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Member, Texas Tech University System The Princeton Review - 373 Best Colleges, 2011 Edition

Online Master’s Degree in Criminal Justice (M.S.)

  • Introduction

    The Department of Security Studies and Criminal Justice offers graduate course work leading to a Master of Science in criminal justice. The program is designed for those interested in pursuing deeper knowledge of U.S. criminal justice policies and practices beyond the baccalaureate level.

    Open to anyone with a bachelor’s degree, the program is especially appropriate for practitioners pursuing promotional opportunities. Anyone currently working in the field or preparing for federal, state or local agency employment should find the online format accommodating to their schedules.

    Our program is also supported by a comprehensive collection of journals, books and government documents relating to the numerous facets of criminal justice policy, leadership and research.

    For more information about admission to the program, visit the College of Graduate Studies and the Department of Security Studies and Criminal Justice websites.

  • Program Prerequisites
    •   Criminal Justice
      Admission Formula No formula
      Requirements
      Test Scores None
      All college and university transcripts Yes
      Essay Yes
      Résumé No
      Prerequisites
      • Hold a bachelor’s degree with a GPA of 2.75 or better, including all grades on repeated courses – or hold a bachelor’s degree with a GPA of 3.0 or better in the last 60 hours of undergraduate work.
      • At least two letters of recommendation
      • An essay of no more than 750 words written in endnote or footnote format regarding your opinion of the single most important challenge facing 21st century criminal justice. Outside sources may be used.
  • Degree Program
    Master of Science (M.S.) in Criminal Justice
    36 Credit Hours

    Courses

    Hours

    CRIJ 6330 Critical Analysis of Justice Administration

    3

    CRIJ 6332 Criminal Justice Theory

    3

    CRIJ 6334 Research Methods in Security Studies

    3

    CRIJ 6339 Police in Society

    3

    CRIJ 6372 Seminar in Corrections

    3

    CRIJ 6387 Seminar in Criminal Justice Agency Ethics

    3

    CRIJ 6389 Capstone Seminar in Criminal Justice

    3

    CRIJ 6393 Legal Aspects of the Criminal Justice System

    3

    CRIJ elective courses

    12                 

    All students must successfully pass a comprehensive final exam before graduation. This does not need to take place on the ASU campus and can be done via teleconference or other appropriate methods. Please see the section on Advisory Committees for oral comprehensive exams in the ASU Catalog under Academic Guidelines and Graduate Studies Policies.

  • Courses
    • CRIJ 6393 Legal Aspects of the Criminal Justice System (3-0). In this overview of various aspects of law that are relevant to and essential for a better understanding of the criminal justice system and its related processes, students analyze and brief critical court decisions that have shaped the PCC system.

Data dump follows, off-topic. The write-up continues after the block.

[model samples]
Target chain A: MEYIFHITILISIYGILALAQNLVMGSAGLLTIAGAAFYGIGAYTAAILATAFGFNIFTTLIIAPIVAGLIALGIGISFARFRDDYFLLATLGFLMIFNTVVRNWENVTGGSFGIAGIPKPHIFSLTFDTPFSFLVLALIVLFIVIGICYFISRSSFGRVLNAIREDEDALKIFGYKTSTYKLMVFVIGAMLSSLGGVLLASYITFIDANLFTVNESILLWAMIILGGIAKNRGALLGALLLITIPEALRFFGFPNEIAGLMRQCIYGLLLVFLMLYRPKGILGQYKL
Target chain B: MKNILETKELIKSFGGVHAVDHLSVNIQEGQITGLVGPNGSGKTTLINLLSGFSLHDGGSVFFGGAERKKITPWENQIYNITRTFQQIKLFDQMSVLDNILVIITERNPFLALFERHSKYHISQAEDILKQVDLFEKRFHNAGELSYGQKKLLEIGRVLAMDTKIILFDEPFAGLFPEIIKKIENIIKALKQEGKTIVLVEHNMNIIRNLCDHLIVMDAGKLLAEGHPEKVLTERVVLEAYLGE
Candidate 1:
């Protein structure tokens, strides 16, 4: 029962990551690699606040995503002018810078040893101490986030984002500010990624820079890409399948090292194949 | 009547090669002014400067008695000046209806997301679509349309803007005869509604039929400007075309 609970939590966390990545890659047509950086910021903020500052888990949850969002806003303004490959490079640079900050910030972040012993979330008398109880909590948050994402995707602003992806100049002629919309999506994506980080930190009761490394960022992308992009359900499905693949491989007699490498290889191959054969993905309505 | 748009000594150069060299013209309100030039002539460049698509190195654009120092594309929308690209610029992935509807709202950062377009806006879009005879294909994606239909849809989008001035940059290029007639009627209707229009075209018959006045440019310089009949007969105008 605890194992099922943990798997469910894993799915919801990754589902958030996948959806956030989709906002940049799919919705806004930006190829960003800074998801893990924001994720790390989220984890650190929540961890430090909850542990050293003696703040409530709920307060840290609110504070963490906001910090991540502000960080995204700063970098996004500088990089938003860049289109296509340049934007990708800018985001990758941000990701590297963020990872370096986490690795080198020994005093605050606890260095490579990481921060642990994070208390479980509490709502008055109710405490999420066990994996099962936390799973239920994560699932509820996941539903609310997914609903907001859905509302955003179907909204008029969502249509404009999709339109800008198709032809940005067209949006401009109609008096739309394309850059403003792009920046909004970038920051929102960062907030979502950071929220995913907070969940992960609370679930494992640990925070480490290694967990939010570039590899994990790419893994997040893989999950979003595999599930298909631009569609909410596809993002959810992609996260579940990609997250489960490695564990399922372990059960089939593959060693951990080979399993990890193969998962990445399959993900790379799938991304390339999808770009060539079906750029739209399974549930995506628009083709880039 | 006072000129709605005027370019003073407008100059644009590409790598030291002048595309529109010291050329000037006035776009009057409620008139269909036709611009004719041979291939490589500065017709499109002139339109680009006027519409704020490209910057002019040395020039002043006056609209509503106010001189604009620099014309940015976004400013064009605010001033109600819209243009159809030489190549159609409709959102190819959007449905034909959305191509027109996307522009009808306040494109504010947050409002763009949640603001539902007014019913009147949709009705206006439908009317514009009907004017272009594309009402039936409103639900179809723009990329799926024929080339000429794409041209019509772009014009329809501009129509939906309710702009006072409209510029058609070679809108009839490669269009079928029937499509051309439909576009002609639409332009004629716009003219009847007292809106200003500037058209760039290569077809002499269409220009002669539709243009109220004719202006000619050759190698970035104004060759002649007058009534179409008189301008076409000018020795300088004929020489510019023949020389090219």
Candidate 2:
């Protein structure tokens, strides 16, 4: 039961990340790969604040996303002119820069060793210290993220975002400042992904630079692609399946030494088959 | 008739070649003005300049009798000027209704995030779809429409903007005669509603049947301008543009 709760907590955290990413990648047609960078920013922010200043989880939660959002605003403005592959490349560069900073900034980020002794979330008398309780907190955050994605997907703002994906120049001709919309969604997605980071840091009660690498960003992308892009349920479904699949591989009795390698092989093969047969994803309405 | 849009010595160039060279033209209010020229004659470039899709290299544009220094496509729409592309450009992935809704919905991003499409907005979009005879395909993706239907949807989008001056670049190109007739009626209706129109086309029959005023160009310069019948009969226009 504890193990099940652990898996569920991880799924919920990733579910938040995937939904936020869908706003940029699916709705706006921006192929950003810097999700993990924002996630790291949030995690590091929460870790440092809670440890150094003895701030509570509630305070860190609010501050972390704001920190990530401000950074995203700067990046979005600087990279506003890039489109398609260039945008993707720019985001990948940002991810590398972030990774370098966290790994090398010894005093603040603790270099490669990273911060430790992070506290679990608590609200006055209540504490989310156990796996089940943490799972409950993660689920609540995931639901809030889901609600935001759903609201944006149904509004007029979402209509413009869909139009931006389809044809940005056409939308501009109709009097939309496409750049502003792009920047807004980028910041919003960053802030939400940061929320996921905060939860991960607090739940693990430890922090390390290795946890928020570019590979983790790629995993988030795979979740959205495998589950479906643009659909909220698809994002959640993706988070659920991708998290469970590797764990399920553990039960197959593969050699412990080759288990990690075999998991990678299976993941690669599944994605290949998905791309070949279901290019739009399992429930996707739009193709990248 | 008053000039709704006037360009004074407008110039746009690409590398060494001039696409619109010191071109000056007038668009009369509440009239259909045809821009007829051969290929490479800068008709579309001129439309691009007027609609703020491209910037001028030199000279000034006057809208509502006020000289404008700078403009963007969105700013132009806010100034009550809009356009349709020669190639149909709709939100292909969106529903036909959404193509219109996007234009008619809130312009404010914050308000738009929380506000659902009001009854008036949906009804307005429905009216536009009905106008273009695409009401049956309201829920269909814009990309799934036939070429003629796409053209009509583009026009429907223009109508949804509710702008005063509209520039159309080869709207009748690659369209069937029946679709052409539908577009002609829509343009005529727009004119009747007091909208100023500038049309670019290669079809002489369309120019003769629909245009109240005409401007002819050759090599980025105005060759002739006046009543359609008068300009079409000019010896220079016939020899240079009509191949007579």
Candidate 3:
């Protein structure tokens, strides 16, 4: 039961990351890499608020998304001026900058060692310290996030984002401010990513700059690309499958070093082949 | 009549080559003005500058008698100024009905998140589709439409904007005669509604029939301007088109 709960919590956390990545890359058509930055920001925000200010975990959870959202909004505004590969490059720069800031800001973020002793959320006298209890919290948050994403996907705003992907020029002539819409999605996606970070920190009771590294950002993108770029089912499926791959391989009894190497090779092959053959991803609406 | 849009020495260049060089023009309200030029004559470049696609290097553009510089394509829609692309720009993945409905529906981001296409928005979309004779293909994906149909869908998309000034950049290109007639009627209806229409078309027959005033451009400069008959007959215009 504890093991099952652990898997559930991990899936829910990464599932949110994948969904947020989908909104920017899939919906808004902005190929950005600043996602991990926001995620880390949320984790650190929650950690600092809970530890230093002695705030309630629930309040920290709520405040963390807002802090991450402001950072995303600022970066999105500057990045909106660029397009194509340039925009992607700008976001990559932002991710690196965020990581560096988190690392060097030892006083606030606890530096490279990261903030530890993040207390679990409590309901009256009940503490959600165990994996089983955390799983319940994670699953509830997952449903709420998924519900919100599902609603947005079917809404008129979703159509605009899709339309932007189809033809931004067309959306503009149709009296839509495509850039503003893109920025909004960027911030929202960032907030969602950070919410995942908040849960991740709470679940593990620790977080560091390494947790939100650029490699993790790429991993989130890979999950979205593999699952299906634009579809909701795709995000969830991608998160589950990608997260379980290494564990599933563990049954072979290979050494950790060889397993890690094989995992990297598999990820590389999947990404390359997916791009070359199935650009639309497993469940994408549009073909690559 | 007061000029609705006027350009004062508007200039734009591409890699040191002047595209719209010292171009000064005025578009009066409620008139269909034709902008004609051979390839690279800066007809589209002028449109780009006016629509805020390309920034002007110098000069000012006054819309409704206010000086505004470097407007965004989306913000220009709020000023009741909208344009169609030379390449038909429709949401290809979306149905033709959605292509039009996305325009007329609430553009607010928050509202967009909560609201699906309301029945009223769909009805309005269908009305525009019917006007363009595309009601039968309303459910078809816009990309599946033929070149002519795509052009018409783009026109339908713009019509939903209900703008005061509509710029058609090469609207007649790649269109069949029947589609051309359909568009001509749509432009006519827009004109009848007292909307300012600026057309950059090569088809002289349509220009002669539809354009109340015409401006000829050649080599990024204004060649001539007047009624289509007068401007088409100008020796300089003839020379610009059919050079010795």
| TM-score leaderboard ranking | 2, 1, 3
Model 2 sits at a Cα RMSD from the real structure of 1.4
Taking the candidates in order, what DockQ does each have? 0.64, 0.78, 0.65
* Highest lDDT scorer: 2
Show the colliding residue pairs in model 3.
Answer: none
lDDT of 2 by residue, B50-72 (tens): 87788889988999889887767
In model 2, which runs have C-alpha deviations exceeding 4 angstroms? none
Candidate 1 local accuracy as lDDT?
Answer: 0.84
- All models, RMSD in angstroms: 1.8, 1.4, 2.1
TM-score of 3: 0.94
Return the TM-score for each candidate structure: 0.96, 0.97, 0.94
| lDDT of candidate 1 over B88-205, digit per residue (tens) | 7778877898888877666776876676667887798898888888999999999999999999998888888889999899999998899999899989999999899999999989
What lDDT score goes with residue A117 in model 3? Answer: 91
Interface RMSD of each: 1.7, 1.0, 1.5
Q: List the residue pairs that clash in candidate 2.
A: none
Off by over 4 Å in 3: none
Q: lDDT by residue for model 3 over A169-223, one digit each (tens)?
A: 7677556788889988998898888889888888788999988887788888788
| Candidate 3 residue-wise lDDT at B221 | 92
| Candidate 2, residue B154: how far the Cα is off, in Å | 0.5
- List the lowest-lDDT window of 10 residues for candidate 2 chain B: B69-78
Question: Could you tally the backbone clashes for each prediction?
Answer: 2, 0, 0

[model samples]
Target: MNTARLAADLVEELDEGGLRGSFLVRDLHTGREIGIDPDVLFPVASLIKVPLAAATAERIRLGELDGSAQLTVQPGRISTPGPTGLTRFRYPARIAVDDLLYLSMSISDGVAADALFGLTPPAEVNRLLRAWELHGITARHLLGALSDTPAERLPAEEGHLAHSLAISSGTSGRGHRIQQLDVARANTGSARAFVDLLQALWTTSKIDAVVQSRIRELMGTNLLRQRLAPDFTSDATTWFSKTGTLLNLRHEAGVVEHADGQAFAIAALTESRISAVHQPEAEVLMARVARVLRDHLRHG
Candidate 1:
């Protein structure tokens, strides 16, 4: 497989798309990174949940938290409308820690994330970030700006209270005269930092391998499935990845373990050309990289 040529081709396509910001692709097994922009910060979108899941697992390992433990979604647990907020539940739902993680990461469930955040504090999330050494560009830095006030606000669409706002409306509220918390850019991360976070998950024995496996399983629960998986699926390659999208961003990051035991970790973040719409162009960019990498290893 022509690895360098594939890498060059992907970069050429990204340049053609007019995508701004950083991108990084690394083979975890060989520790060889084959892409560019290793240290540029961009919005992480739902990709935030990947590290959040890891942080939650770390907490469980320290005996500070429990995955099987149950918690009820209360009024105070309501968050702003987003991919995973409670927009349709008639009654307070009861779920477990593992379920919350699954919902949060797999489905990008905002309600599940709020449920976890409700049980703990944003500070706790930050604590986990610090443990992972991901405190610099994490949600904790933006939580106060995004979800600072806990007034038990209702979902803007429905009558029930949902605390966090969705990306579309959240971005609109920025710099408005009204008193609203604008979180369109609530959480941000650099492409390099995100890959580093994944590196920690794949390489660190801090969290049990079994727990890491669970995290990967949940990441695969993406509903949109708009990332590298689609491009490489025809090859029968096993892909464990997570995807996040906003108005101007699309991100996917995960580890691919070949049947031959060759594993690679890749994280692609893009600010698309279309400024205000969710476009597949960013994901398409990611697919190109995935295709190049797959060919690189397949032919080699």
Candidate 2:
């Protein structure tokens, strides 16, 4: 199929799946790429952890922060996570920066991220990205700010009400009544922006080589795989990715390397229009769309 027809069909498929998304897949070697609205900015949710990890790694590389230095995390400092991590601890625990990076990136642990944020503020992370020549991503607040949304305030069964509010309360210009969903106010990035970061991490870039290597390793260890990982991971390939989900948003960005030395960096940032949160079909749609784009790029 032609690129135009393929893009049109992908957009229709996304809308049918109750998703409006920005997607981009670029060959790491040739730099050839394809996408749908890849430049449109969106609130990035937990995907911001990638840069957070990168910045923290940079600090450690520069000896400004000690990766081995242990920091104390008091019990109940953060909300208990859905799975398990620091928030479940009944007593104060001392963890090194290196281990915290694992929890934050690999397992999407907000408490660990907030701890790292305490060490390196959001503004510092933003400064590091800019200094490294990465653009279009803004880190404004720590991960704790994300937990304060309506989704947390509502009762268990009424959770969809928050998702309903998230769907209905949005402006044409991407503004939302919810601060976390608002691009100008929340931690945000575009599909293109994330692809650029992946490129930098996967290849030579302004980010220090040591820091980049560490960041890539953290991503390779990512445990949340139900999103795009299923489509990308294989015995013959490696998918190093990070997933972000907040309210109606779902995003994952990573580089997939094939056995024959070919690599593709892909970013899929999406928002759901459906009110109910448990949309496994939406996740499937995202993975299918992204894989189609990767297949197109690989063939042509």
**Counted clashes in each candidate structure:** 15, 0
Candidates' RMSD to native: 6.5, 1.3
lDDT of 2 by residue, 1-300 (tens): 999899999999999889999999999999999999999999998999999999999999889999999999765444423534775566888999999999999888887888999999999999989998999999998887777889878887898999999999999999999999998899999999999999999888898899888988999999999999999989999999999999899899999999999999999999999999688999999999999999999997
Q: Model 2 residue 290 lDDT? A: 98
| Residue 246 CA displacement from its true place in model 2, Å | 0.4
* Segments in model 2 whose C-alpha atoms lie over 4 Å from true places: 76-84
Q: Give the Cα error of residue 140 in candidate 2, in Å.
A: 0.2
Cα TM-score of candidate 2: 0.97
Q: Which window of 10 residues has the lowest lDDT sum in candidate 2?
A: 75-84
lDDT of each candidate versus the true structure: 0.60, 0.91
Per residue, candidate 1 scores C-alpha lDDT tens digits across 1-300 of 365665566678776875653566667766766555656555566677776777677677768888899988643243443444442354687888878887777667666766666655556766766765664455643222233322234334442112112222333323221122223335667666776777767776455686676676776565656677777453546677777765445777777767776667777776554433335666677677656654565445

• CRIJ 6389 Capstone Seminar in Criminal Justice (3-0). This course is a research seminar in which students will develop skills in locating, extracting, evaluating, and synthesizing information acquired from their prior courses. Students write a publishable, article-length, paper based on independent research. Students may also be expected to supplement their research with other readings under the direction of the professor.

    • CRIJ 6387 Seminar in Criminal Justice Agency Ethics (3-0). The study of criminal justice without the concurrent study of justice is simply criminal. This course exposes students to the ethics (and lack thereof) of criminal justice agencies. Scenario evaluation, active discussion, and theoretically based argumentation and decision-making are all key components of this seminar. (Credit may not be earned for this course and Border Security 6387.)

    • CRIJ 6372 Seminar in Corrections (3-0). A variety of problems in American Corrections are explored, including the philosophy of prisons, sentencing, community corrections, rehabilitation, and correctional reform. The efficacy of the death penalty is evaluated. Students also investigate the sources of professional shortcomings, system deficiencies, and public inadequacies to develop theoretically based proposals to address these issues.

    • CRIJ 6339 Police in Society (3-0). An examination of the evolution of police in modern society with a special emphasis given to the role police play in contemporary society. Current research examining the function of the police and trends and techniques in policing are examined.

    • CRIJ 6334 Research Methods in Security Studies (3-0). Research methods with application to intelligence, homeland security, criminal justice, and other security-related interests. (Credit may not be earned for this course and ISSA 6305, SEC 6305, or BOR 6334.)

    • CRIJ 6332 Criminal Justice Theory (3-0). Overview of the major paradigms focusing on the causes of crime and deviant behavior with special attention given to the social, political, and intellectual philosophies within which each perspective arose. Students discuss criminological theories from a philosophy of science perspective, focusing upon such issues as theory construction, theoretical integration, and the formal evaluation of theory.

    • CRIJ 6330 Critical Analysis of Justice Administration (3-0). An analysis of the criminal justice system in the United States; role of justice agencies as part of societal response to crime; knowledge base of criminal justice; issues, problems, trends.